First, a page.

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The World > Europe > Czech Republic > Prag

Schlüsselworte: shop, cafe, restaurant

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The Entrance Point

Any American (and many other foreigners) who lived in Prague from 1993 until now will probably know the Globe. Those who knew it before 2000 will remember perhaps the center of their social life, the place where they met the friends they still know and love. The current incarnation is not that cosy den in Holesovice, but rather a spacious establishment in the center, just around the corner from Karlovo Namesti. You'll likely overhear someone new in town, trying their Czech on the waitstaff, who has to patiently decipher the attempts at new consonants and reply in a far more fluent English.

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Bilder in der Nähe von Prag

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A: The Globe Bookstore

von Jeffrey Martin, weniger als 10 Meter entfernt

The Entrance Point Any American (and many other foreigners) who lived in Prague from 1993 until now w...

The Globe Bookstore

B: Pstrossova Ulice

von Jeffrey Martin, 90 Meter entfernt

Pstross means "ostrich". There are unfortunately no ostriches to be found on this street, however it ...

Pstrossova Ulice

C: Hospoda U Novaka

von Jeffrey Martin, 100 Meter entfernt

I wish every pub was like this There's nothing wrong with the fact that most czech pubs offer a menu ...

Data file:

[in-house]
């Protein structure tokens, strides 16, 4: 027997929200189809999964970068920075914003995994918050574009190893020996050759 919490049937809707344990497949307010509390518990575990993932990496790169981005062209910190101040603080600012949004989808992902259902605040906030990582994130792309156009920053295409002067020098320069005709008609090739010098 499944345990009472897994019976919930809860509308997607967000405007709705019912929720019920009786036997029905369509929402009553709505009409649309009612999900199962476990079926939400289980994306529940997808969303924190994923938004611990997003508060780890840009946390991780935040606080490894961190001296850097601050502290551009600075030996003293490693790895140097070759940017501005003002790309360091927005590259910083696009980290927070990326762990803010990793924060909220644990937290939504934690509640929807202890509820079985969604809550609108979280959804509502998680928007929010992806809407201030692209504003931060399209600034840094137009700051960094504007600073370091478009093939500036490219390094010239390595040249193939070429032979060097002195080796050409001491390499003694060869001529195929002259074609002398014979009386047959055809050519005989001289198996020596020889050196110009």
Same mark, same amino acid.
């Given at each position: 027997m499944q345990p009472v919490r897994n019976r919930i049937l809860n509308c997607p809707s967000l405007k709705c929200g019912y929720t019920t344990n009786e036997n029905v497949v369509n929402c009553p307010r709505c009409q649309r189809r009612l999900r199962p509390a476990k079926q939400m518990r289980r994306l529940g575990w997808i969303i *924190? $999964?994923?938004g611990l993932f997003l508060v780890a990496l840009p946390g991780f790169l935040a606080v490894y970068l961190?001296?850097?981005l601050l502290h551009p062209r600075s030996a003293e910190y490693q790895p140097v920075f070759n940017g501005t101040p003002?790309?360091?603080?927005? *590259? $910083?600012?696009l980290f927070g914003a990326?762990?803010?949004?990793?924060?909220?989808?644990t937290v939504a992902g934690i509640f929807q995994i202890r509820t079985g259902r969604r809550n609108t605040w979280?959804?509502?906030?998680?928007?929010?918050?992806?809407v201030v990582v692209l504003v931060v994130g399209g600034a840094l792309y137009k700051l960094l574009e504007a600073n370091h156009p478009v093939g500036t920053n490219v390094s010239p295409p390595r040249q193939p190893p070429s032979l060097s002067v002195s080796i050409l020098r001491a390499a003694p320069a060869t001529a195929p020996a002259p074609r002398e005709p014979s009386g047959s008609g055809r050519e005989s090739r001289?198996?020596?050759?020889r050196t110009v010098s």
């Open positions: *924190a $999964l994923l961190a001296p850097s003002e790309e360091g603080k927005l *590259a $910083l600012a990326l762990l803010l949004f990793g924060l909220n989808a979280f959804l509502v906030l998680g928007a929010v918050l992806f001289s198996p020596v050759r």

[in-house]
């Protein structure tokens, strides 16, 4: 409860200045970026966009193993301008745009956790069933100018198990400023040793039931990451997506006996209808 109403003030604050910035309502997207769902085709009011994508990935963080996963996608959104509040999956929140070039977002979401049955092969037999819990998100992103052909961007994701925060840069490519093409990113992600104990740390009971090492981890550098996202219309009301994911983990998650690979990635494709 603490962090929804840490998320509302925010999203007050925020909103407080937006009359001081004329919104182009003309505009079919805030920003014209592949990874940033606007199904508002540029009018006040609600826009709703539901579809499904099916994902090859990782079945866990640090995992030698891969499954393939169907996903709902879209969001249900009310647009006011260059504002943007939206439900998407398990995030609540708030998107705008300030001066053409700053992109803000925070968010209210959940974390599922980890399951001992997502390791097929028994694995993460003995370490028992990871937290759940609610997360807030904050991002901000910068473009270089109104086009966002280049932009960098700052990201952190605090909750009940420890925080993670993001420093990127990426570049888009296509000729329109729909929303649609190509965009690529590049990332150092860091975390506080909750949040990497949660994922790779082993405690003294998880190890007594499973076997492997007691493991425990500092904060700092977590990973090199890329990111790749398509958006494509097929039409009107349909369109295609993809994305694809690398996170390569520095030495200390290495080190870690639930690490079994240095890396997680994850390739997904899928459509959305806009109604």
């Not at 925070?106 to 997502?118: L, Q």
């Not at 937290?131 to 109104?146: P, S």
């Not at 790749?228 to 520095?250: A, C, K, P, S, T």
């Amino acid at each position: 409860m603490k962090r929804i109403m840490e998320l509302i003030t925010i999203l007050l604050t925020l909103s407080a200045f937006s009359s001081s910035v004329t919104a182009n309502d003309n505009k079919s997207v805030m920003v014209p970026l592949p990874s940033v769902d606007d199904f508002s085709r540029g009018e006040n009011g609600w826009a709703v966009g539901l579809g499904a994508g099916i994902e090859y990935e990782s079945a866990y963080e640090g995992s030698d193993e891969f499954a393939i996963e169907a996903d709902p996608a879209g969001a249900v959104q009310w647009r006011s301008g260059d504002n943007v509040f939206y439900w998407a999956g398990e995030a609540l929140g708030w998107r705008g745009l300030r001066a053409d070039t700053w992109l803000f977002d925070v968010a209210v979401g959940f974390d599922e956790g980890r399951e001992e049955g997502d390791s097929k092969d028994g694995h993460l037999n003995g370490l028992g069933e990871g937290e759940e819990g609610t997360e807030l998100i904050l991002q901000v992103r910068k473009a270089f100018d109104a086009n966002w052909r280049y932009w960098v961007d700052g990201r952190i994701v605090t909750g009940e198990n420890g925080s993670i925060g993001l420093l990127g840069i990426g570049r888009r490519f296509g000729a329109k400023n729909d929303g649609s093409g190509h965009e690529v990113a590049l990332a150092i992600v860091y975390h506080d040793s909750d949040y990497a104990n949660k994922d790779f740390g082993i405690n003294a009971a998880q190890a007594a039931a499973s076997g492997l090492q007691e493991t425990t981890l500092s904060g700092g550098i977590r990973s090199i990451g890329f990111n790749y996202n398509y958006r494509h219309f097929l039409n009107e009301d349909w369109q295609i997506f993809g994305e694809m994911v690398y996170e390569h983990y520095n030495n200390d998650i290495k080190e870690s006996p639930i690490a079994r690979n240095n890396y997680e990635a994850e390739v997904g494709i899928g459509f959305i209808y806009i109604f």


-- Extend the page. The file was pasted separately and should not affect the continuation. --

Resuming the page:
Hospoda U Novaka

D: Dynamo

von Jeffrey Martin, 100 Meter entfernt

Aerodynamic Pasta When you are wearing clothes designed by Pininfarina (or whatever his name is) and ...

Dynamo

E: Universal

von Jeffrey Martin, 100 Meter entfernt

Excellent food in a hidden part of Prague one. Very well-trained staff. Cosy corners. Open till midni...

Universal

F: Universal

von Jeffrey Martin, 100 Meter entfernt

Excellent food in a hidden part of Prague one. Very well-trained staff. Cosy corners. Open till midni...

Universal

G: Opatovicka Street

von Jeffrey Martin, 110 Meter entfernt

Opatovicka Street makes up one strand in the Nove Mesto spiderweb, of the older part that's behind &g...

Opatovicka Street

H: Café u sv. Vojtecha

von Jeffrey Martin, 130 Meter entfernt

Off the beaten path, yo! Situated on a quiet little street in the heart of Prague,close to the Nation...

Café u sv. Vojtecha

I: Propoganda

von Jeffrey Martin, 130 Meter entfernt

A Real Watering Hole The last night I remember drinking here was with Thomas and two Estonian girls, ...

Propoganda

J: Bolero

von Jeffrey Martin, 150 Meter entfernt

not the Mexican Family you're Waiting For There is a global conspiracy going on. That's what I can mu...

Bolero

Das Panorama wurde in Prag aufgenommen

Dies ist ein Überblick von Prag

  Prague, the capital of the Czech Republic, has long attracted artists and wandering spirits, although it was originally inhabited by prehistoric fish. Their inland sea filled the basin contained by the Tatras and Carpathian mountains, but when it eventually dried up they were forced to yield the terrain to dinosaurs, wooly mammoths and Neanderthals.